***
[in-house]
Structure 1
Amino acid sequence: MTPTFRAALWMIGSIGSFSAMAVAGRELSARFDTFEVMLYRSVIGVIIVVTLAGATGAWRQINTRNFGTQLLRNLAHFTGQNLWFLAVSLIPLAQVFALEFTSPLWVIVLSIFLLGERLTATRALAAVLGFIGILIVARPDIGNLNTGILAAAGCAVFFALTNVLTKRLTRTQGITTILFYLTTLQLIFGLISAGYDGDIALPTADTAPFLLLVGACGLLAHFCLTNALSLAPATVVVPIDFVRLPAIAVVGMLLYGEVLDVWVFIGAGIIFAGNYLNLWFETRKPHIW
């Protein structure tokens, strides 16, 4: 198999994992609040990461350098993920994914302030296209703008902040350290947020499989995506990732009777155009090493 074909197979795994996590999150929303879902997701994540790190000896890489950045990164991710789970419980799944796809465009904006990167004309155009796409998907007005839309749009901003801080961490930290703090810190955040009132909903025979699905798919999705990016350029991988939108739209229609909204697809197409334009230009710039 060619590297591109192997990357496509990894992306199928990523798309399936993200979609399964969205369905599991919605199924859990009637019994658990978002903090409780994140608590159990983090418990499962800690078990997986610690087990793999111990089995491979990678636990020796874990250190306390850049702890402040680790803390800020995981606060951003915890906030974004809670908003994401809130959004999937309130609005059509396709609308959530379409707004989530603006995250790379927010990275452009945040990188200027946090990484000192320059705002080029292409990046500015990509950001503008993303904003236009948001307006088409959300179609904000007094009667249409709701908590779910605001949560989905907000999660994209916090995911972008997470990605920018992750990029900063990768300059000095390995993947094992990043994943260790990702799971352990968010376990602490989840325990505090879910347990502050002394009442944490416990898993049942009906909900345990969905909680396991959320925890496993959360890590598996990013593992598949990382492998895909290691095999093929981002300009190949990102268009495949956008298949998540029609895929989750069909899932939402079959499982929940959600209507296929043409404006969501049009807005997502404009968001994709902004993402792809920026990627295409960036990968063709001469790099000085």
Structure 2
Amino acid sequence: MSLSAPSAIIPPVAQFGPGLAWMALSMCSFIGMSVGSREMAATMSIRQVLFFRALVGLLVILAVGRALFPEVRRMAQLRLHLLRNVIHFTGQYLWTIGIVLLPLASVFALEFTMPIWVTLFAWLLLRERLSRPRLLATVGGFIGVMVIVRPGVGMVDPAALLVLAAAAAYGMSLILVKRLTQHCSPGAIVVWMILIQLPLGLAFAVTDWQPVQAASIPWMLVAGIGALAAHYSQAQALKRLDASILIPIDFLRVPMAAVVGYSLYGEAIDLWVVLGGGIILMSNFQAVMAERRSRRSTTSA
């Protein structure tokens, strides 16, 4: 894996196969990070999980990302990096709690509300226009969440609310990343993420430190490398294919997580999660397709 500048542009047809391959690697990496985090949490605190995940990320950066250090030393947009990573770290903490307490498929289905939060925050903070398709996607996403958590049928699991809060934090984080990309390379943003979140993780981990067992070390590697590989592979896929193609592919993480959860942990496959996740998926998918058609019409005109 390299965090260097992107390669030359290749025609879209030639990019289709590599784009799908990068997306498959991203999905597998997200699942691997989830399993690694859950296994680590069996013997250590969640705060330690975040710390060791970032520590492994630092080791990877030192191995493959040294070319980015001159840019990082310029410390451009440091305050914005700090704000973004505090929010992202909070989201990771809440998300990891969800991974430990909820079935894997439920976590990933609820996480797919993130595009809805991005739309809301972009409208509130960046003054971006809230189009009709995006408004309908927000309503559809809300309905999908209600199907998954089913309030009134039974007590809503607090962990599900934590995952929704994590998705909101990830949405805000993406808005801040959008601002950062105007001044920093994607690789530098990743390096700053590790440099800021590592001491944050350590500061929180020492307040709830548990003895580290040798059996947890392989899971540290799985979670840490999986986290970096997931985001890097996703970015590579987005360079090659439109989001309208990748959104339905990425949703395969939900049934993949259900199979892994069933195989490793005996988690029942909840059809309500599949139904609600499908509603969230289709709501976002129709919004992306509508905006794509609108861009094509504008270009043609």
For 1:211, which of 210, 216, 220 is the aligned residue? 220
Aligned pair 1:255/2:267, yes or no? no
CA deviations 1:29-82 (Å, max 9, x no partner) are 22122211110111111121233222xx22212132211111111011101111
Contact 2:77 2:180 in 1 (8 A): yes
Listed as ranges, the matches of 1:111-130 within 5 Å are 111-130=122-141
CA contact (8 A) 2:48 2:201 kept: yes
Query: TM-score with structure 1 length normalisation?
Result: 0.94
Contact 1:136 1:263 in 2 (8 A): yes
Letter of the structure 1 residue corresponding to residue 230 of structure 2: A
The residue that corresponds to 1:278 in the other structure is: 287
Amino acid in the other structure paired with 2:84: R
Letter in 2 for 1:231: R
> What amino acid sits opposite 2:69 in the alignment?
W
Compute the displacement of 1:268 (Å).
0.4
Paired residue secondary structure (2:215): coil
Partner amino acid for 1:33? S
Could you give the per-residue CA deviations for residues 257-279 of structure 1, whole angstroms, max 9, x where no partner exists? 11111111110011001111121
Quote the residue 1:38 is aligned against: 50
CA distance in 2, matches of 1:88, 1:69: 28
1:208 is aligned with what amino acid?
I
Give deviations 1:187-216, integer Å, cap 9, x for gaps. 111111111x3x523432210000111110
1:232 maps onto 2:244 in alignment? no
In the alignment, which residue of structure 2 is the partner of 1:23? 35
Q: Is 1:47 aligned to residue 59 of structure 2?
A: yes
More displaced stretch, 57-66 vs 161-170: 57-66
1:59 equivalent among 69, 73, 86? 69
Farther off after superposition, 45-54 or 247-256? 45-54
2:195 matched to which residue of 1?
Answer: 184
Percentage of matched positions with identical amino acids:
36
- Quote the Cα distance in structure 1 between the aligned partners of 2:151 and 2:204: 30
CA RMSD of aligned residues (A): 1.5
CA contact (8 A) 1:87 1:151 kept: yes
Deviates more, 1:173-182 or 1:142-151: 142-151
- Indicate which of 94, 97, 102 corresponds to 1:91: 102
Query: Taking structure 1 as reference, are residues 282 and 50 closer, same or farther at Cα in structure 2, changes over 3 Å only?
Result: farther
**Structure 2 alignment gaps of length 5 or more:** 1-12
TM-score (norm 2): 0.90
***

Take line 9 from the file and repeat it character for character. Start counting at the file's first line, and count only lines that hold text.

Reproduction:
Aligned pair 1:255/2:267, yes or no? no